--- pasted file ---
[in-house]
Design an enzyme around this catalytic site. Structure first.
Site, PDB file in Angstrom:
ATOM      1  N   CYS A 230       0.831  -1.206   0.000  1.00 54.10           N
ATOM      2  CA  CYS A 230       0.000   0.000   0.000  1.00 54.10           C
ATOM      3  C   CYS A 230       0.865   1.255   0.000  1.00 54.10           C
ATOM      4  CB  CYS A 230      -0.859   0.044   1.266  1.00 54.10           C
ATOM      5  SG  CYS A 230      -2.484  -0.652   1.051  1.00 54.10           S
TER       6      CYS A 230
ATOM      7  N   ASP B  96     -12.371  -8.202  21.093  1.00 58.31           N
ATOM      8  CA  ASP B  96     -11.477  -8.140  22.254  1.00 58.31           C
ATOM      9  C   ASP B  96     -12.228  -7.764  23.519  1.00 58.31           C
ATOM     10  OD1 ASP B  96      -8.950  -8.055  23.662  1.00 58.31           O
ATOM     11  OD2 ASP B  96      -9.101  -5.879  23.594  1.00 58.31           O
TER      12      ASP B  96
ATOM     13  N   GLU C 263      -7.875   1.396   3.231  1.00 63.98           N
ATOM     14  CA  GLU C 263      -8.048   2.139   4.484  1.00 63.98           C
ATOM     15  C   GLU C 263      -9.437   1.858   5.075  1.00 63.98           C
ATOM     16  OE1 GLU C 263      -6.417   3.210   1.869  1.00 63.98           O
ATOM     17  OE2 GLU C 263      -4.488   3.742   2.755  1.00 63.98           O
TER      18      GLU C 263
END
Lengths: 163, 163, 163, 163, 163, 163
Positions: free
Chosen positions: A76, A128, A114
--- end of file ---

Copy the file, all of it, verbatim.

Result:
[in-house]
Design an enzyme around this catalytic site. Structure first.
Site, PDB file in Angstrom:
ATOM      1  N   CYS A 230       0.831  -1.206   0.000  1.00 54.10           N
ATOM      2  CA  CYS A 230       0.000   0.000   0.000  1.00 54.10           C
ATOM      3  C   CYS A 230       0.865   1.255   0.000  1.00 54.10           C
ATOM      4  CB  CYS A 230      -0.859   0.044   1.266  1.00 54.10           C
ATOM      5  SG  CYS A 230      -2.484  -0.652   1.051  1.00 54.10           S
TER       6      CYS A 230
ATOM      7  N   ASP B  96     -12.371  -8.202  21.093  1.00 58.31           N
ATOM      8  CA  ASP B  96     -11.477  -8.140  22.254  1.00 58.31           C
ATOM      9  C   ASP B  96     -12.228  -7.764  23.519  1.00 58.31           C
ATOM     10  OD1 ASP B  96      -8.950  -8.055  23.662  1.00 58.31           O
ATOM     11  OD2 ASP B  96      -9.101  -5.879  23.594  1.00 58.31           O
TER      12      ASP B  96
ATOM     13  N   GLU C 263      -7.875   1.396   3.231  1.00 63.98           N
ATOM     14  CA  GLU C 263      -8.048   2.139   4.484  1.00 63.98           C
ATOM     15  C   GLU C 263      -9.437   1.858   5.075  1.00 63.98           C
ATOM     16  OE1 GLU C 263      -6.417   3.210   1.869  1.00 63.98           O
ATOM     17  OE2 GLU C 263      -4.488   3.742   2.755  1.00 63.98           O
TER      18      GLU C 263
END
Lengths: 163, 163, 163, 163, 163, 163
Positions: free
Chosen positions: A76, A128, A114